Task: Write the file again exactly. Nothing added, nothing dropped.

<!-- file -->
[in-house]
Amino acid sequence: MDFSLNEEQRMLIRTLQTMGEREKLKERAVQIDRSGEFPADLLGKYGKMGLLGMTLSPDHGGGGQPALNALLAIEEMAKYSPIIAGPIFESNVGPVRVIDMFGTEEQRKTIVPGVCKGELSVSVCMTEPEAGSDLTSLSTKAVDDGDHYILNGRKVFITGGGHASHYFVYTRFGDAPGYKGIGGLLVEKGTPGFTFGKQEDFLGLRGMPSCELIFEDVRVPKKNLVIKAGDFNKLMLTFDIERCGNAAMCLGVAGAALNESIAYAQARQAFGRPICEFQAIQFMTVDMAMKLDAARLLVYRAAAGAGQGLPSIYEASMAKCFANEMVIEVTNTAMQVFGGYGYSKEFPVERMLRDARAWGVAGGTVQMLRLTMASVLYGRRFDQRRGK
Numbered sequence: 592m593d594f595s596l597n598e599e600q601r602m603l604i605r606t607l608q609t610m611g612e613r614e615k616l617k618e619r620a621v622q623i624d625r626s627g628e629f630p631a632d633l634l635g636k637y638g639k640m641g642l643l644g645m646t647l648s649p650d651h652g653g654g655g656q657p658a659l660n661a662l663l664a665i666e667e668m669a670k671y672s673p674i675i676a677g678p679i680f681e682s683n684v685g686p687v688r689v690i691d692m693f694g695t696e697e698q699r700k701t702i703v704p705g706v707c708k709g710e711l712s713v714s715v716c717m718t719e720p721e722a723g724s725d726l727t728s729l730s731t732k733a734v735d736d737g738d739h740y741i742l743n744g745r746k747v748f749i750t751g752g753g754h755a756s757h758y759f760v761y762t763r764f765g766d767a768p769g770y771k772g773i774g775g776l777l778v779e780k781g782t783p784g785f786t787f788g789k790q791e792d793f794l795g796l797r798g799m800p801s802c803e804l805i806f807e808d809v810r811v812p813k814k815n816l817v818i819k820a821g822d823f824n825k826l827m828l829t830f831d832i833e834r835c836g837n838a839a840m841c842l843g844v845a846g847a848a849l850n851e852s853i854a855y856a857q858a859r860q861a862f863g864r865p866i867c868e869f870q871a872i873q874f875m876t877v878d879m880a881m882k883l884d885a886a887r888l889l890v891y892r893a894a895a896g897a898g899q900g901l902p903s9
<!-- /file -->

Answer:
[in-house]
Amino acid sequence: MDFSLNEEQRMLIRTLQTMGEREKLKERAVQIDRSGEFPADLLGKYGKMGLLGMTLSPDHGGGGQPALNALLAIEEMAKYSPIIAGPIFESNVGPVRVIDMFGTEEQRKTIVPGVCKGELSVSVCMTEPEAGSDLTSLSTKAVDDGDHYILNGRKVFITGGGHASHYFVYTRFGDAPGYKGIGGLLVEKGTPGFTFGKQEDFLGLRGMPSCELIFEDVRVPKKNLVIKAGDFNKLMLTFDIERCGNAAMCLGVAGAALNESIAYAQARQAFGRPICEFQAIQFMTVDMAMKLDAARLLVYRAAAGAGQGLPSIYEASMAKCFANEMVIEVTNTAMQVFGGYGYSKEFPVERMLRDARAWGVAGGTVQMLRLTMASVLYGRRFDQRRGK
Numbered sequence: 592m593d594f595s596l597n598e599e600q601r602m603l604i605r606t607l608q609t610m611g612e613r614e615k616l617k618e619r620a621v622q623i624d625r626s627g628e629f630p631a632d633l634l635g636k637y638g639k640m641g642l643l644g645m646t647l648s649p650d651h652g653g654g655g656q657p658a659l660n661a662l663l664a665i666e667e668m669a670k671y672s673p674i675i676a677g678p679i680f681e682s683n684v685g686p687v688r689v690i691d692m693f694g695t696e697e698q699r700k701t702i703v704p705g706v707c708k709g710e711l712s713v714s715v716c717m718t719e720p721e722a723g724s725d726l727t728s729l730s731t732k733a734v735d736d737g738d739h740y741i742l743n744g745r746k747v748f749i750t751g752g753g754h755a756s757h758y759f760v761y762t763r764f765g766d767a768p769g770y771k772g773i774g775g776l777l778v779e780k781g782t783p784g785f786t787f788g789k790q791e792d793f794l795g796l797r798g799m800p801s802c803e804l805i806f807e808d809v810r811v812p813k814k815n816l817v818i819k820a821g822d823f824n825k826l827m828l829t830f831d832i833e834r835c836g837n838a839a840m841c842l843g844v845a846g847a848a849l850n851e852s853i854a855y856a857q858a859r860q861a862f863g864r865p866i867c868e869f870q871a872i873q874f875m876t877v878d879m880a881m882k883l884d885a886a887r888l889l890v891y892r893a894a895a896g897a898g899q900g901l902p903s9